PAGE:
Portrait images of lots of people used as personas.

Writing fiction doesn’t sound like the sort of skill a computer scientist might need. However, it’s part of my job at the moment. Working with expert rheumatologists Amy MacBrayne and Fran Humby, I am helping a design team understand what life with rheumatoid arthritis is like, so they can design software that is actually needed and so will be used and useful.

A big problem with developing software is that programmers tend to design things for themselves. However, programmers are not like the users of their software. They have different backgrounds and needs and they have been trained to think differently. Worse, they know the system they are developing inside out, unlike its users. An important first step in a project is to do background research to understand your users. If designing an app for people with rheumatoid arthritis, you need to know a lot about the lives of such people. To design a successful product, you particularly need to understand their unfulfilled goals. What do they want to be able to do that is currently hard or impossible?

What do you do with the research? Alan Cooper’s idea of ‘Personas’ are a powerful next step – and this is where writing fiction comes in. Based on research, you write descriptions of lots of fictional characters (personas), each representing groups of people with similar goals. They have names, photos and realistic lives. You also write scenarios about their lives that help understand their goals. Next, you merge and narrow these personas down, dropping some, creating new ones, altering others. Your aim is to eventually end up with just one, called a primary persona. The idea is that if you design for the primary persona, you will create something that meets the goals of the groups represented by the other personas it replaced.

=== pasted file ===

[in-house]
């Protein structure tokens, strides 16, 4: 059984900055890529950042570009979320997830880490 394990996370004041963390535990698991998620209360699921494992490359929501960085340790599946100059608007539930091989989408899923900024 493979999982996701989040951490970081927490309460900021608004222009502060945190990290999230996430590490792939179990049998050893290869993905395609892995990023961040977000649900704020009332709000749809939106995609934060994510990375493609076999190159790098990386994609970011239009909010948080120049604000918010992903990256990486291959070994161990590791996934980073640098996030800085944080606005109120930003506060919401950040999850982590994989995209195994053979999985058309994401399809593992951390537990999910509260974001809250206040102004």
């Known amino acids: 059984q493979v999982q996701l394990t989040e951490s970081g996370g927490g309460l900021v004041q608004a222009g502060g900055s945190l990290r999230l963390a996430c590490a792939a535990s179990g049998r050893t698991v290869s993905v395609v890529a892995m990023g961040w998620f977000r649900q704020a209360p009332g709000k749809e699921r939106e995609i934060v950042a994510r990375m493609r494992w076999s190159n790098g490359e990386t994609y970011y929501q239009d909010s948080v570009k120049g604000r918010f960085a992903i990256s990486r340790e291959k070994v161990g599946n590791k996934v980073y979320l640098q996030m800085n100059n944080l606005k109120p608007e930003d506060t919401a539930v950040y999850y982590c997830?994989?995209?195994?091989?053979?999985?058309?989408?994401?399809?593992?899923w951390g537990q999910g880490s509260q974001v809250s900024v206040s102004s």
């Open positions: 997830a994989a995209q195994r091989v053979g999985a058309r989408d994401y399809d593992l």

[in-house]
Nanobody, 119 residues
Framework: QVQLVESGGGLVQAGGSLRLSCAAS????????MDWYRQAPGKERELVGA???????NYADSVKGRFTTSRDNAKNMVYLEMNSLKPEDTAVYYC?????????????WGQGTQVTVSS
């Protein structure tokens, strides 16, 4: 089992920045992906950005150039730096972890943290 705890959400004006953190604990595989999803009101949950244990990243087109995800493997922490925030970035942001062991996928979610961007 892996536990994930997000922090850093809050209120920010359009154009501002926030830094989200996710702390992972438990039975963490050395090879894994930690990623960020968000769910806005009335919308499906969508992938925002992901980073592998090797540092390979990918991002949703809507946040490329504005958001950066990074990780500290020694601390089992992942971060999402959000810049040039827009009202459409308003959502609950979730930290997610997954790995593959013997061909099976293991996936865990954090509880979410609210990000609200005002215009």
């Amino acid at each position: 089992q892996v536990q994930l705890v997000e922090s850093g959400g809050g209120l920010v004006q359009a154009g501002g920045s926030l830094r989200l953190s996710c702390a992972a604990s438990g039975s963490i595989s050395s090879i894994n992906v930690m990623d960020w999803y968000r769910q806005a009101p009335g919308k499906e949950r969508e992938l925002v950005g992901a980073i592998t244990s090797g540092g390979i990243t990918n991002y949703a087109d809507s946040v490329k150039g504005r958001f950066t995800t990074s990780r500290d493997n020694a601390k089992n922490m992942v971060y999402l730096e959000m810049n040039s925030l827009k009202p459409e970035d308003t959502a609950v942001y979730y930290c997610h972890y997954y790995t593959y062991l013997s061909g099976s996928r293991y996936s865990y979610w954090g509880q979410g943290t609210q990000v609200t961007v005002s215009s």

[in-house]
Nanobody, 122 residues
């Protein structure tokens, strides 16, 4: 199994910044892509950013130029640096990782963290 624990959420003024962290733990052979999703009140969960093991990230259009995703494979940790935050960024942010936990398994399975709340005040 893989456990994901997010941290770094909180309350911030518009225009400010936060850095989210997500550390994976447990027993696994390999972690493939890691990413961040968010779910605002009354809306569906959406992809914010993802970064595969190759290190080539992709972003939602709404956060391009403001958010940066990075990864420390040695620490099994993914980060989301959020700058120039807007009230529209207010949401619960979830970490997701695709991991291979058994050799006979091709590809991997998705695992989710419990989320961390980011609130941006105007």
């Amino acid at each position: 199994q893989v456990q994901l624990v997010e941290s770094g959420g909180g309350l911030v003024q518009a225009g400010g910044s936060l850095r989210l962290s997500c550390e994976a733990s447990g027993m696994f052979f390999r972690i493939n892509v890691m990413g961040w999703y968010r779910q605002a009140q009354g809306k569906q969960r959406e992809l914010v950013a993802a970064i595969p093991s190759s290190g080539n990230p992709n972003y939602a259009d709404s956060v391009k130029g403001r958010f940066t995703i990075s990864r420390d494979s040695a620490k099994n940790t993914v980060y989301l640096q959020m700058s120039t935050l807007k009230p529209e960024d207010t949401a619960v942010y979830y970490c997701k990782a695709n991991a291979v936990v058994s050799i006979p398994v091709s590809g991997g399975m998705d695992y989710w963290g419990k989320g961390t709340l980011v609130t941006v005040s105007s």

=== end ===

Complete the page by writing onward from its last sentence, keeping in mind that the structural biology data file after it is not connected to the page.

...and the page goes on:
The primary persona (let’s call her Samira) is then used throughout the design process as the person being designed for. If wondering whether some new feature or way of doing things is a good idea, the designers would ask themselves, “Would Samira actually want this? Would she be able to use it?” If they can think of her as a real person, it is much easier to make decisions than if thinking of some non-existent abstract “user” who becomes whatever each team member wants them to be. It helps stop ‘feature bloat’ where designers add in every great idea for a new feature they have but end up with a product so complex no one can, or wants to, use it.

As part of the Queen Mary PAMBAYESIAN project we have been talking to rheumatoid arthritis patients and their doctors to understand their needs and goals. I’ve then created a cast of detailed personas to represent the results. These can act as an initial set of personas to help future designers designing apps to support those with the disease.